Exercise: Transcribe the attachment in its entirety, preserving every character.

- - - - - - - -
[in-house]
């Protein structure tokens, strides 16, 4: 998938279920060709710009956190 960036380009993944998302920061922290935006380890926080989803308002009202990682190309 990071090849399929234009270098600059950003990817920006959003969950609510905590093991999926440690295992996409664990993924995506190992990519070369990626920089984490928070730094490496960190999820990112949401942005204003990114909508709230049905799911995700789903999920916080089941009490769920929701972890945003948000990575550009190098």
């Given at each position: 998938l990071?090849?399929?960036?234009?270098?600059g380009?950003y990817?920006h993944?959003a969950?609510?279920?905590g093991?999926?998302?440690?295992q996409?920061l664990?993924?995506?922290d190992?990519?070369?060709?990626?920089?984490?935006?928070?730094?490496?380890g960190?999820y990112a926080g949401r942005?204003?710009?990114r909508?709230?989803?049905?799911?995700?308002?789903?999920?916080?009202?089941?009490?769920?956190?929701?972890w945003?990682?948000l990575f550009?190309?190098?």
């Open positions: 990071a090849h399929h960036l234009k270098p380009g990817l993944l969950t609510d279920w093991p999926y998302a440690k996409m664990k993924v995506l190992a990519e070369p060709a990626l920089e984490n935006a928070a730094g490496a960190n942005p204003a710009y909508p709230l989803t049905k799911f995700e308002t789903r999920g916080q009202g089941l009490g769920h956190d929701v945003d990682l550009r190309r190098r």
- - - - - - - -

[in-house]
């Protein structure tokens, strides 16, 4: 998938279920060709710009956190 960036380009993944998302920061922290935006380890926080989803308002009202990682190309 990071090849399929234009270098600059950003990817920006959003969950609510905590093991999926440690295992996409664990993924995506190992990519070369990626920089984490928070730094490496960190999820990112949401942005204003990114909508709230049905799911995700789903999920916080089941009490769920929701972890945003948000990575550009190098």
């Given at each position: 998938l990071?090849?399929?960036?234009?270098?600059g380009?950003y990817?920006h993944?959003a969950?609510?279920?905590g093991?999926?998302?440690?295992q996409?920061l664990?993924?995506?922290d190992?990519?070369?060709?990626?920089?984490?935006?928070?730094?490496?380890g960190?999820y990112a926080g949401r942005?204003?710009?990114r909508?709230?989803?049905?799911?995700?308002?789903?999920?916080?009202?089941?009490?769920?956190?929701?972890w945003?990682?948000l990575f550009?190309?190098?």
């Open positions: 990071a090849h399929h960036l234009k270098p380009g990817l993944l969950t609510d279920w093991p999926y998302a440690k996409m664990k993924v995506l190992a990519e070369p060709a990626l920089e984490n935006a928070a730094g490496a960190n942005p204003a710009y909508p709230l989803t049905k799911f995700e308002t789903r999920g916080q009202g089941l009490g769920h956190d929701v945003d990682l550009r190309r190098r």